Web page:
Scotland’s farmers have been promised post-Brexit support that is far more responsive to their needs than the “not fit for purpose” Common Agricultural Policy under which the industry currently operates.
That is the headline pledge contained in the Scottish Conservatives’ future farming policy document, published under the title A New Approach To Scottish Farming’.
Focusing on productivity, regional differentiation, environmental protection, research, education and “securing the future of farming careers”, the document includes a commitment to provide farmers with practical, simple support that is easy and quick to access, and that will “continue the same levels of funding”which the industry already has.
“If we are to double the value of the food and drink sector to £30 billion by 2030 in line with Scotland’s food and drink strategy, any support system needs to be targeted at farmers supplying this high-quality food”, the document states.
“We also believe farmers need to get a fairer return of the amount consumers spend on food. To do this, we would work with the UK Government to widen and strengthen the powers of the Groceries Code Adjudicator.”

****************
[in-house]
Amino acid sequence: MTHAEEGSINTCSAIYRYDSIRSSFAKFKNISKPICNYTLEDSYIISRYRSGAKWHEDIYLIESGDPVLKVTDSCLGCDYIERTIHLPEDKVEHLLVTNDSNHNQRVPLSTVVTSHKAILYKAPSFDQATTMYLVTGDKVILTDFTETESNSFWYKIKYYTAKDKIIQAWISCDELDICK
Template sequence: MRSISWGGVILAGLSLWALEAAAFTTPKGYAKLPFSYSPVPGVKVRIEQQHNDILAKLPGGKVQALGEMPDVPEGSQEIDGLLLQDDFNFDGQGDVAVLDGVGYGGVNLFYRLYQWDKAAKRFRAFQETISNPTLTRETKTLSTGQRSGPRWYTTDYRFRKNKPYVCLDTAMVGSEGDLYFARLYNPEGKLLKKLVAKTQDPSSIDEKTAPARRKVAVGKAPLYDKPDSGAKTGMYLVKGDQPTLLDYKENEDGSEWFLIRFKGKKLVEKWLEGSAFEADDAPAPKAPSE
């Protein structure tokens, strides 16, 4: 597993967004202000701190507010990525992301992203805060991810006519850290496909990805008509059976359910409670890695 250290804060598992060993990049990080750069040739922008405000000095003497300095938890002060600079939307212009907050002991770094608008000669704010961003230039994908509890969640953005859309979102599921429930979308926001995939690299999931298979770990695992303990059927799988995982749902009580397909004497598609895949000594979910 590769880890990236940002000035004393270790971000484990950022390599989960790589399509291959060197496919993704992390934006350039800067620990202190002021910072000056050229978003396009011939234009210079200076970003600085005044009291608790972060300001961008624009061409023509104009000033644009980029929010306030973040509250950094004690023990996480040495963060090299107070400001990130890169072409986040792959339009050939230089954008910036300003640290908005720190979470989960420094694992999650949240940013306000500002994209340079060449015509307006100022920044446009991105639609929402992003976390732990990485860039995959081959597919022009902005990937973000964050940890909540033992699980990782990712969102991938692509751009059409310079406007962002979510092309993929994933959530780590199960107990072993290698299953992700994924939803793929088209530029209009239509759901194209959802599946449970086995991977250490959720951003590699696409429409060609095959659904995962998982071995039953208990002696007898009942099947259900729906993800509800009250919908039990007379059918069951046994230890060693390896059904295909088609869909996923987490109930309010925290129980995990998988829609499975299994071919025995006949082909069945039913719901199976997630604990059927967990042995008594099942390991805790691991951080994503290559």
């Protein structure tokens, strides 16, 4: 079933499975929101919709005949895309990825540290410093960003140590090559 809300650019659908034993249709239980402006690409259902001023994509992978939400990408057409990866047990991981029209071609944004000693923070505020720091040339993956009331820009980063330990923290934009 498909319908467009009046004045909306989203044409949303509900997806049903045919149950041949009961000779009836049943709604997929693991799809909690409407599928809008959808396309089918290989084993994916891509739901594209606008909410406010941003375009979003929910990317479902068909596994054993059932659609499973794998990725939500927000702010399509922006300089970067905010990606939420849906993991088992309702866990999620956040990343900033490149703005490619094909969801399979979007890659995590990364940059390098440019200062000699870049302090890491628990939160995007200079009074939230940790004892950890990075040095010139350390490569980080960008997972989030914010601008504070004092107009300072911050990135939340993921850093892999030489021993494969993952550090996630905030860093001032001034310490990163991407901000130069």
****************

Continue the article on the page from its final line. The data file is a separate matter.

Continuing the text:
Scottish agriculture’s unique circumstances are also recognised, with 85% of land classed as less favoured, compared to 15% in England, a difference which the document states must be acknowledged, with funding “maintained to help overcome the difficulties posed by remoteness, harsh climate and poor soil quality”.
“We recognise the importance of Less Favoured Area Support Schemes and agree they should be retained and built upon to ensure support is targeted appropriately, especially to upland livestock farmers and crofters,” added the document.
It also carries a commitment to continue basic payments “in some instances”, particularly for livestock farmers.